Paper mache! Whether you're making a Halloween mask or an Instructables Robot, paper mache is the way to go. The possibilities are endless and you are only limited by your imagination. Paper mache is a simple process that has no right or wrong way, it allows you to be very creative. Through this instuctable I will cover a few different techniques used in the art of paper mache.
Step 1: Gather Supplies...
You should be able to find all of the necessary supplies around your house. Depending on how creative you want to get you may need to make a trip to your local craft store to decorate your creation!
First you will need to make a form. You can use almost anything for a form, but here are some suggestions:
-Cardboard (cereal boxes, or corrugated)
-Toilet paper/ paper towel tubes
Next you need to paper mache your form. So what do you use?
-Brown paper towels (optional)
-Paper mache paste mix (in place of flour, salt, and water.)
Tools you will need:
-Mixing bowl/ milk jug
-Smaller bowl/ cereal bowl
After you're all done you need to decorate you paper mache. Get creative, use paint or even glitter.
Step 2: Create a Form
You can use many different objects as forms. If making a mask, balloons work well. Bunched up paper and masking tape also works well and allows you to do more free forming. I used corrugated cardboard, toilet paper tubes, construction paper, and masking tape to make my form. I chose to make an instructables robot. I referred to the Instructables Robot -- Paper Model instructable written by =SMART= when making this design. Thanks =SMART= !
Step 3: Tear Paper Strips
I have found that newspaper works best. Some people like to use brown paper towels for a smoother final layer. If you have access to brown papertowels, I'd say go for it. If not, it's not a big deal... Tear your paper into strips about one inch by six inches. If your strips are too wide you might get wrinkles and not a completely smooth surface.
Step 4: Mix Paste
This is where things can begin to get messy, so you may want to lay down some paper or plastic. Don't feel like laying anything down? Don't worry about it, this paste is very easy to clean up. Based on how much paste you make will determine the size of mixing bowl you need. If you choose, you may mix your paste in a milk jug. I like to shake my paste in a milk jug for easy clean up and storage. Either a half gallon or gallon jug will work fine. When making your paste, mix two parts warm water to one part flour. Adding a couple tablespoons of salt to your mix will prevent mould growth. Your paste should be a slurry with no clumps or bumps. A consistency of glue is good, you don't want it to be as thick as your typical paste. Adjust mixture until you find what works best for you. If you do not like this paste, experiment a little. Some use wallpaper paste, while others like watered down elmers glue.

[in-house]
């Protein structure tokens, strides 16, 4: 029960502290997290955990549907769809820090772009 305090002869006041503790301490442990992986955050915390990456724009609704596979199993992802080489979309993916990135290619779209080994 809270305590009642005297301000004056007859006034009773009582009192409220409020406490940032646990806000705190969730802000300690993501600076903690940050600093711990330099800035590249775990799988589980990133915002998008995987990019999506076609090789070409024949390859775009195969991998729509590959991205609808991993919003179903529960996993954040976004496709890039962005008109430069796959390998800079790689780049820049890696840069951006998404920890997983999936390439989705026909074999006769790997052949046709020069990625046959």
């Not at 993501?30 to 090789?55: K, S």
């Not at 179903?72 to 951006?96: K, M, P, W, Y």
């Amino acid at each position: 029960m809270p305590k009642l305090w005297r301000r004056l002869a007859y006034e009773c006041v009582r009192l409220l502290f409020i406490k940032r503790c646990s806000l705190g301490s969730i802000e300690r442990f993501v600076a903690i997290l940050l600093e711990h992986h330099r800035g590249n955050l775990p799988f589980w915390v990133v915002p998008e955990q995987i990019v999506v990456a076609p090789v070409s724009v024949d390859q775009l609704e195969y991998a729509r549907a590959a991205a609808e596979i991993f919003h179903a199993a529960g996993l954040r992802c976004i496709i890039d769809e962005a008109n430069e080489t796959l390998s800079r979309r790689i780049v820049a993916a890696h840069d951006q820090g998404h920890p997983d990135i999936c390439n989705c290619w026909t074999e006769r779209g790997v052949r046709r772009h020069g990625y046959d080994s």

For this project I used a non-wheat based paper mache paste. Later in this instuctable you will see that it is a clear paste. It works well, if you're at the craft store, pick some up.
Below are pictures of do it yourself paper mache paste.
Step 5: Begin the Process
So now it's game time, your strips are all torn up and your paste is mixed. Begin by pouring a little bit of paste into a bowl. Dip one strip of paper into the paste. Then slide the paper between your fingers to remove the excess paste. Once this is done you can begin putting the strips on your form. After laying each strip, use your fingers to smooth out any wrinkles or bubbles. Overlap your strips parallel or cross-hatched; this will make for a stronger final piece.
Step 6: Decorate!
Before painting it is nice to have an opaque surface to work on. I started off by sponging on two coats of white gesso. By doing this your final coats will cover much better. Have fun, get creative. Use acrylics, glitter, wire, string, or whatever else you may need to complete your masterpiece.